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Find Your Own Preferences

As I said, I much prefer a tip around 4.5mm in height prior to any shaping. At this rate of compression I know the tip is very hard and will play like a laminated tip but with far more grip and reaction. Now, to get from 5.9mm to 4.5mm takes a little effort!.
If you’ve played with a pressed tip, a laminated tip and an ‘Elkmaster Milk Dud’ then you will understand the difference!

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Let’s fit the Cue Tip

I have supplied a selection of the various types of cue tip I have made to an up and coming cue maker in Poland who has asked to try a few out and test them on one of his new cues.  Here we can see one of the ‘Milk Dud Cue Tips’  fitted to a smaller brass ferrule ready for it’s test drive; I think it looks reasonably well for a low height tip that’s certainly had some work done on it!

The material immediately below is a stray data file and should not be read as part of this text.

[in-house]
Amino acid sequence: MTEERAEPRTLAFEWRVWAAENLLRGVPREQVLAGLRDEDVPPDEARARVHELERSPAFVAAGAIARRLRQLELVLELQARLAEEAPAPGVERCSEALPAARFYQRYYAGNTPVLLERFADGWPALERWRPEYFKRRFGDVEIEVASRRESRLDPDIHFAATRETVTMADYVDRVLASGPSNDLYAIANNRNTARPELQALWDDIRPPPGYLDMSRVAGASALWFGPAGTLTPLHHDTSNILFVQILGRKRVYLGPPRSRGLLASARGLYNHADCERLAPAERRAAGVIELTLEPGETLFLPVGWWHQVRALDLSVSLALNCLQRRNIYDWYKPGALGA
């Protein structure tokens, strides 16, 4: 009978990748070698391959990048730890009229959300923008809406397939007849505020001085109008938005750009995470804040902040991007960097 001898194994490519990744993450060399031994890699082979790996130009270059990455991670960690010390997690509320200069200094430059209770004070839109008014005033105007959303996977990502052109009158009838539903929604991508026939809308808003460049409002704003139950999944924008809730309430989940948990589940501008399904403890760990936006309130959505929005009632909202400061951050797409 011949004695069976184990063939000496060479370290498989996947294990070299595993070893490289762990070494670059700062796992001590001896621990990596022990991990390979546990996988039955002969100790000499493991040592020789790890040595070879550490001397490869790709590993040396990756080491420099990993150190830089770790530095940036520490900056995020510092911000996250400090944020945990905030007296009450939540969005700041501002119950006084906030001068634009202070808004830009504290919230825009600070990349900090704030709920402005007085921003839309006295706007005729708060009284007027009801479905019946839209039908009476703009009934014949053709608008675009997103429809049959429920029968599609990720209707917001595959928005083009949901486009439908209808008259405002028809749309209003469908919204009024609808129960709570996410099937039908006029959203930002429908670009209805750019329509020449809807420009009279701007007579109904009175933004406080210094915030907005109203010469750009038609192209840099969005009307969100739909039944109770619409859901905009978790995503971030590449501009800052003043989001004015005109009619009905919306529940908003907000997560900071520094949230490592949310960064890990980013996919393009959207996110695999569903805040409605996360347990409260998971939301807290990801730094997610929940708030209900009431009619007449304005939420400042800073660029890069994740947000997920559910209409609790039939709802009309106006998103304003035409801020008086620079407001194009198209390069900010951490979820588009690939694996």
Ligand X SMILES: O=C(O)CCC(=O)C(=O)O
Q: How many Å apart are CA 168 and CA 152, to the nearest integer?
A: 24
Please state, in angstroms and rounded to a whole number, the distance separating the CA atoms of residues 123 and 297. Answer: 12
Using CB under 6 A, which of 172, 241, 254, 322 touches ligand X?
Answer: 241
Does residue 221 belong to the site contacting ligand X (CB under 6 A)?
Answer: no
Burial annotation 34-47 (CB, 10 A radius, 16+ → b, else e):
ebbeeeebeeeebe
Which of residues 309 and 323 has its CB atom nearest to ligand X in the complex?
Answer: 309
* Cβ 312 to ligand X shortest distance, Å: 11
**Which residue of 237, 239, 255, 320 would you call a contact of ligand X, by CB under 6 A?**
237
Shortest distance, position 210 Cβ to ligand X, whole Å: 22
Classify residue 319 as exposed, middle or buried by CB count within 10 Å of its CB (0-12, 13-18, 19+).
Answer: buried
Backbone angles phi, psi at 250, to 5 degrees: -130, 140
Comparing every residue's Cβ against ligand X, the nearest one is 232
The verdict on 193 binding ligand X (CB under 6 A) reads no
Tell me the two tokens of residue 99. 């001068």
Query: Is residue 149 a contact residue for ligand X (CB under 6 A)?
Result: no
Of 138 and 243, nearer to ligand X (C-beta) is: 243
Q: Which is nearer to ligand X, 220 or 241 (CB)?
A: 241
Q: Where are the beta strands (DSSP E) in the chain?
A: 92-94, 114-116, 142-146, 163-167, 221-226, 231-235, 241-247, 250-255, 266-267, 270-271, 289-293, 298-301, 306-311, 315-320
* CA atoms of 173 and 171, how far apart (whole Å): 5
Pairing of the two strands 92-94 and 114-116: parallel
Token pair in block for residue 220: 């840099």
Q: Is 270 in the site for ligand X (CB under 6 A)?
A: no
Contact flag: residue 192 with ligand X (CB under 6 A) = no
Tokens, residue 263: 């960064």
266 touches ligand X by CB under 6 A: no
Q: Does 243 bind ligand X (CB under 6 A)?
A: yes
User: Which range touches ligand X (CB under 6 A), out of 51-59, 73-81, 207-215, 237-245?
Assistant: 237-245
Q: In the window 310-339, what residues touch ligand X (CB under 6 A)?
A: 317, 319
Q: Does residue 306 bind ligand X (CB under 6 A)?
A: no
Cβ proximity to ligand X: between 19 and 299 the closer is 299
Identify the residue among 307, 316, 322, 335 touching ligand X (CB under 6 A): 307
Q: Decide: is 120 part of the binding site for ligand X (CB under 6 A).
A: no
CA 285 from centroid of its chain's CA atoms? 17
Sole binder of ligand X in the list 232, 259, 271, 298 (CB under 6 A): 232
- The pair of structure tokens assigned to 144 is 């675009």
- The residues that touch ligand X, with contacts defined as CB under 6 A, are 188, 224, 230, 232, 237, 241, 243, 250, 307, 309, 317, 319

Snooker Crazy’s Milk Dud

As you can see here, Jason tries out one of my ‘Milk Dud Cue Tips’ on his latest cue. Jason prefers the hardest tip he can get with plenty of grip so we have really tried to accommodate him to see what he can do when he gives it a test drive. Judging by the way the balls flew in on the video you could say the tip has been a reasonable success.

snooker-crazy- Domed Cue Tip Press

£19.99Read more

Product Details

Snooker Crazy – Domed Cue Tip Press

– Stainless steel
– Size (L and W) Approx. 4.92×2.17 inch / 12.5×5.5 cm
– Dome size: 11mm / Chamber size: 14.5mm
– Detachable screw-in metal tube, easy to control

Well I hope you enjoyed a little look into how to make ‘Milk Dud Cue Tips’ from an Elkmaster Cue Tip. You can find all the items to give this a go on the Snooker Crazy Website if it takes your fancy but either way, when you see this type of cue tip on the internet you will have a better idea what it is and why people like it!